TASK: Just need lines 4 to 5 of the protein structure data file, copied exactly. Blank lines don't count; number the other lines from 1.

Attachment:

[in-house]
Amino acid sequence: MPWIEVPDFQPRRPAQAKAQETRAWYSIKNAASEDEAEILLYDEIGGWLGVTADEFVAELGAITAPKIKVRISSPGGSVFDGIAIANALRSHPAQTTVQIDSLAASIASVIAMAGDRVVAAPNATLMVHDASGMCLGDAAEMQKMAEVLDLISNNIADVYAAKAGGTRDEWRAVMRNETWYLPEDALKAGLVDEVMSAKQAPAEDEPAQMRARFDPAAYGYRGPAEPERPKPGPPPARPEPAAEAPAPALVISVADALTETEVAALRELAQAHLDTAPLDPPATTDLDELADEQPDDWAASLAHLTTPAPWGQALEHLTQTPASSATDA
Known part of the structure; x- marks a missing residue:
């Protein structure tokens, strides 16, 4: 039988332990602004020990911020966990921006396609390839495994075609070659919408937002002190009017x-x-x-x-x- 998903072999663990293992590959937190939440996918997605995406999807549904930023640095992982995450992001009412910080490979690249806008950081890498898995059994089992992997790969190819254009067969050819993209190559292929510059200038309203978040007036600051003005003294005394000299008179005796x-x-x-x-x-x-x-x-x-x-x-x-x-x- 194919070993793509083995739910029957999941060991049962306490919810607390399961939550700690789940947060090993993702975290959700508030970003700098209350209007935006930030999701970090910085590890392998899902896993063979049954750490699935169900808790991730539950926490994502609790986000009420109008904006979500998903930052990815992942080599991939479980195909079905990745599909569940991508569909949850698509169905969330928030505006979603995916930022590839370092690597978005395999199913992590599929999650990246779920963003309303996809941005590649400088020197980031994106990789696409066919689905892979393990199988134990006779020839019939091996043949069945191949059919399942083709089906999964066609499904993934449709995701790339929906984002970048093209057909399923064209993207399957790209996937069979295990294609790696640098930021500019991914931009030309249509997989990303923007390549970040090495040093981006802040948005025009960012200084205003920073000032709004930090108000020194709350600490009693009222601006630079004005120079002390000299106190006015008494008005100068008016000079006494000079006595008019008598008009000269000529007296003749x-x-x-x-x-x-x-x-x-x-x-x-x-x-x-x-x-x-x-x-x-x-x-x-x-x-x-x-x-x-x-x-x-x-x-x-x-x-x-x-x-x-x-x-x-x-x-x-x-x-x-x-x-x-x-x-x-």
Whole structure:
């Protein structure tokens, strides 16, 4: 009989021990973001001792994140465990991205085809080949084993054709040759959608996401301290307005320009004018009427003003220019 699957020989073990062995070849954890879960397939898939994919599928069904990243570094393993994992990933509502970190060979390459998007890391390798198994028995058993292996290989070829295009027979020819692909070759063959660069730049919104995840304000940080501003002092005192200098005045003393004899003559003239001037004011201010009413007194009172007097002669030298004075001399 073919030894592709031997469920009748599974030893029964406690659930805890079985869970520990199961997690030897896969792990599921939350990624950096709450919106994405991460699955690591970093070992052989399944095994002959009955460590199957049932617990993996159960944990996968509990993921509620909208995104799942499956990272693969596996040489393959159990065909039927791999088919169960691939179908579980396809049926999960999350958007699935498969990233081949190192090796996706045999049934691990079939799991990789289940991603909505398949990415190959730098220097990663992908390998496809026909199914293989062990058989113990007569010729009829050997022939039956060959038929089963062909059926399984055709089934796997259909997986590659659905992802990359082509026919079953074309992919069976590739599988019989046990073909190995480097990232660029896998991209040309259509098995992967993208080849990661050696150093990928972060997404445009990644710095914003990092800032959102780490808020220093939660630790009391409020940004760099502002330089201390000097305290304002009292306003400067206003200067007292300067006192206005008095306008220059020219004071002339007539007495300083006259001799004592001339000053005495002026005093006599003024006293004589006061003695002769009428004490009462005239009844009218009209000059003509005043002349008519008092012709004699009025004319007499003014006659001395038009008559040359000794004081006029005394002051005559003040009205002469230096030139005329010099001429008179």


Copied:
């Protein structure tokens, strides 16, 4: 039988332990602004020990911020966990921006396609390839495994075609070659919408937002002190009017x-x-x-x-x- 998903072999663990293992590959937190939440996918997605995406999807549904930023640095992982995450992001009412910080490979690249806008950081890498898995059994089992992997790969190819254009067969050819993209190559292929510059200038309203978040007036600051003005003294005394000299008179005796x-x-x-x-x-x-x-x-x-x-x-x-x-x- 194919070993793509083995739910029957999941060991049962306490919810607390399961939550700690789940947060090993993702975290959700508030970003700098209350209007935006930030999701970090910085590890392998899902896993063979049954750490699935169900808790991730539950926490994502609790986000009420109008904006979500998903930052990815992942080599991939479980195909079905990745599909569940991508569909949850698509169905969330928030505006979603995916930022590839370092690597978005395999199913992590599929999650990246779920963003309303996809941005590649400088020197980031994106990789696409066919689905892979393990199988134990006779020839019939091996043949069945191949059919399942083709089906999964066609499904993934449709995701790339929906984002970048093209057909399923064209993207399957790209996937069979295990294609790696640098930021500019991914931009030309249509997989990303923007390549970040090495040093981006802040948005025009960012200084205003920073000032709004930090108000020194709350600490009693009222601006630079004005120079002390000299106190006015008494008005100068008016000079006494000079006595008019008598008009000269000529007296003749x-x-x-x-x-x-x-x-x-x-x-x-x-x-x-x-x-x-x-x-x-x-x-x-x-x-x-x-x-x-x-x-x-x-x-x-x-x-x-x-x-x-x-x-x-x-x-x-x-x-x-x-x-x-x-x-x-």
Whole structure: